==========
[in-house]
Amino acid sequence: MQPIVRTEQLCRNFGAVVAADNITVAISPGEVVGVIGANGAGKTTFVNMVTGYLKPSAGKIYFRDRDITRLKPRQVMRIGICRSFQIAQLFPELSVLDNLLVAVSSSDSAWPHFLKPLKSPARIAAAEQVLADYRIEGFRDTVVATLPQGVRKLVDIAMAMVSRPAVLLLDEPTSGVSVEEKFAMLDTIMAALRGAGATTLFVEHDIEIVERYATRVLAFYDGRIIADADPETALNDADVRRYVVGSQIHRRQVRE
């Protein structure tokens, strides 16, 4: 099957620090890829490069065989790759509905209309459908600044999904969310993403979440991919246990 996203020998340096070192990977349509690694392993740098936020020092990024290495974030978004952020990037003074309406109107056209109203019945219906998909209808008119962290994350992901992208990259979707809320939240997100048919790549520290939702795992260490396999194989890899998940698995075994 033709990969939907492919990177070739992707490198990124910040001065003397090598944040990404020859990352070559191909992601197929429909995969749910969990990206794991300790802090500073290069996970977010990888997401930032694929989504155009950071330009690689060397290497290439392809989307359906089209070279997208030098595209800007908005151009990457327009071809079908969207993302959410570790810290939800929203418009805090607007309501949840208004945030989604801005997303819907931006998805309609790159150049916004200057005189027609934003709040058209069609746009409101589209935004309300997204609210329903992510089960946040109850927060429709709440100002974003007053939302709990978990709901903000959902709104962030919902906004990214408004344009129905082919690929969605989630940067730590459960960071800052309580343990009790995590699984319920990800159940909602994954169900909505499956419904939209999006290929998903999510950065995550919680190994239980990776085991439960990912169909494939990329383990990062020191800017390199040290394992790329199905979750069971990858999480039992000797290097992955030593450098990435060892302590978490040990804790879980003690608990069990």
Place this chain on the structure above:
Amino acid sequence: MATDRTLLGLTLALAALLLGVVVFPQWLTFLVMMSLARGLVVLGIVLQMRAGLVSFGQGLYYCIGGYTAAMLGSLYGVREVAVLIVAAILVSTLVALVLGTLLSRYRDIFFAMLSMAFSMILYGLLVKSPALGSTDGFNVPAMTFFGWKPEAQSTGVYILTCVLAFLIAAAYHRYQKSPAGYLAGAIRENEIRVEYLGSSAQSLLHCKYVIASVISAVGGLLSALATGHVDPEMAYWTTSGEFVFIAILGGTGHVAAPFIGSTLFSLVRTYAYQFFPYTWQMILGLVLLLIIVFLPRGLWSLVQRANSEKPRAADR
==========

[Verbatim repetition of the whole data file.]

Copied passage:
[in-house]
Amino acid sequence: MQPIVRTEQLCRNFGAVVAADNITVAISPGEVVGVIGANGAGKTTFVNMVTGYLKPSAGKIYFRDRDITRLKPRQVMRIGICRSFQIAQLFPELSVLDNLLVAVSSSDSAWPHFLKPLKSPARIAAAEQVLADYRIEGFRDTVVATLPQGVRKLVDIAMAMVSRPAVLLLDEPTSGVSVEEKFAMLDTIMAALRGAGATTLFVEHDIEIVERYATRVLAFYDGRIIADADPETALNDADVRRYVVGSQIHRRQVRE
């Protein structure tokens, strides 16, 4: 099957620090890829490069065989790759509905209309459908600044999904969310993403979440991919246990 996203020998340096070192990977349509690694392993740098936020020092990024290495974030978004952020990037003074309406109107056209109203019945219906998909209808008119962290994350992901992208990259979707809320939240997100048919790549520290939702795992260490396999194989890899998940698995075994 033709990969939907492919990177070739992707490198990124910040001065003397090598944040990404020859990352070559191909992601197929429909995969749910969990990206794991300790802090500073290069996970977010990888997401930032694929989504155009950071330009690689060397290497290439392809989307359906089209070279997208030098595209800007908005151009990457327009071809079908969207993302959410570790810290939800929203418009805090607007309501949840208004945030989604801005997303819907931006998805309609790159150049916004200057005189027609934003709040058209069609746009409101589209935004309300997204609210329903992510089960946040109850927060429709709440100002974003007053939302709990978990709901903000959902709104962030919902906004990214408004344009129905082919690929969605989630940067730590459960960071800052309580343990009790995590699984319920990800159940909602994954169900909505499956419904939209999006290929998903999510950065995550919680190994239980990776085991439960990912169909494939990329383990990062020191800017390199040290394992790329199905979750069971990858999480039992000797290097992955030593450098990435060892302590978490040990804790879980003690608990069990």
Place this chain on the structure above:
Amino acid sequence: MATDRTLLGLTLALAALLLGVVVFPQWLTFLVMMSLARGLVVLGIVLQMRAGLVSFGQGLYYCIGGYTAAMLGSLYGVREVAVLIVAAILVSTLVALVLGTLLSRYRDIFFAMLSMAFSMILYGLLVKSPALGSTDGFNVPAMTFFGWKPEAQSTGVYILTCVLAFLIAAAYHRYQKSPAGYLAGAIRENEIRVEYLGSSAQSLLHCKYVIASVISAVGGLLSALATGHVDPEMAYWTTSGEFVFIAILGGTGHVAAPFIGSTLFSLVRTYAYQFFPYTWQMILGLVLLLIIVFLPRGLWSLVQRANSEKPRAADR